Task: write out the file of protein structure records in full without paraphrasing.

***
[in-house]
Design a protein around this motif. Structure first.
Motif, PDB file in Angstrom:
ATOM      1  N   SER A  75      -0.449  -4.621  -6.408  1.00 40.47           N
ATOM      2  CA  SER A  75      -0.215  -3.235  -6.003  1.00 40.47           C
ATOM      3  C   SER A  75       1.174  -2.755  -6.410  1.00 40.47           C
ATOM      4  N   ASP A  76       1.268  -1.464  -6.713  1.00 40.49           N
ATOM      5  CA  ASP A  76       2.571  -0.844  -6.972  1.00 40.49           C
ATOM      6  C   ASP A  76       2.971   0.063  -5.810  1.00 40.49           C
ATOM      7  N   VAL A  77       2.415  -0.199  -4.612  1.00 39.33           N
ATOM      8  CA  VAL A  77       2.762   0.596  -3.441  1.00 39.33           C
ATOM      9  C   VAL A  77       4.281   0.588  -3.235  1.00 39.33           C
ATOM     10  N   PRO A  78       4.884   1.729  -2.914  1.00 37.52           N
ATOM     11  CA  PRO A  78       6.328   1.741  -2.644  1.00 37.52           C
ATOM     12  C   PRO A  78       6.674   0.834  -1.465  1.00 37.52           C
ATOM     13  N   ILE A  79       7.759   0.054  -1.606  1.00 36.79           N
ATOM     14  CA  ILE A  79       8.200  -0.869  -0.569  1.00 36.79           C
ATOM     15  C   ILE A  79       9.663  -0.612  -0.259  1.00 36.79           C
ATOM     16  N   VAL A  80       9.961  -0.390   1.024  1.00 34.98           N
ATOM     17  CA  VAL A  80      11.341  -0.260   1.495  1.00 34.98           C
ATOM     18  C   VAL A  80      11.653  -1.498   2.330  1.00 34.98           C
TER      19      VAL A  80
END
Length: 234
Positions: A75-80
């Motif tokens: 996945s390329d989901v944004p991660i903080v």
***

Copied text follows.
[in-house]
Design a protein around this motif. Structure first.
Motif, PDB file in Angstrom:
ATOM      1  N   SER A  75      -0.449  -4.621  -6.408  1.00 40.47           N
ATOM      2  CA  SER A  75      -0.215  -3.235  -6.003  1.00 40.47           C
ATOM      3  C   SER A  75       1.174  -2.755  -6.410  1.00 40.47           C
ATOM      4  N   ASP A  76       1.268  -1.464  -6.713  1.00 40.49           N
ATOM      5  CA  ASP A  76       2.571  -0.844  -6.972  1.00 40.49           C
ATOM      6  C   ASP A  76       2.971   0.063  -5.810  1.00 40.49           C
ATOM      7  N   VAL A  77       2.415  -0.199  -4.612  1.00 39.33           N
ATOM      8  CA  VAL A  77       2.762   0.596  -3.441  1.00 39.33           C
ATOM      9  C   VAL A  77       4.281   0.588  -3.235  1.00 39.33           C
ATOM     10  N   PRO A  78       4.884   1.729  -2.914  1.00 37.52           N
ATOM     11  CA  PRO A  78       6.328   1.741  -2.644  1.00 37.52           C
ATOM     12  C   PRO A  78       6.674   0.834  -1.465  1.00 37.52           C
ATOM     13  N   ILE A  79       7.759   0.054  -1.606  1.00 36.79           N
ATOM     14  CA  ILE A  79       8.200  -0.869  -0.569  1.00 36.79           C
ATOM     15  C   ILE A  79       9.663  -0.612  -0.259  1.00 36.79           C
ATOM     16  N   VAL A  80       9.961  -0.390   1.024  1.00 34.98           N
ATOM     17  CA  VAL A  80      11.341  -0.260   1.495  1.00 34.98           C
ATOM     18  C   VAL A  80      11.653  -1.498   2.330  1.00 34.98           C
TER      19      VAL A  80
END
Length: 234
Positions: A75-80
């Motif tokens: 996945s390329d989901v944004p991660i903080v």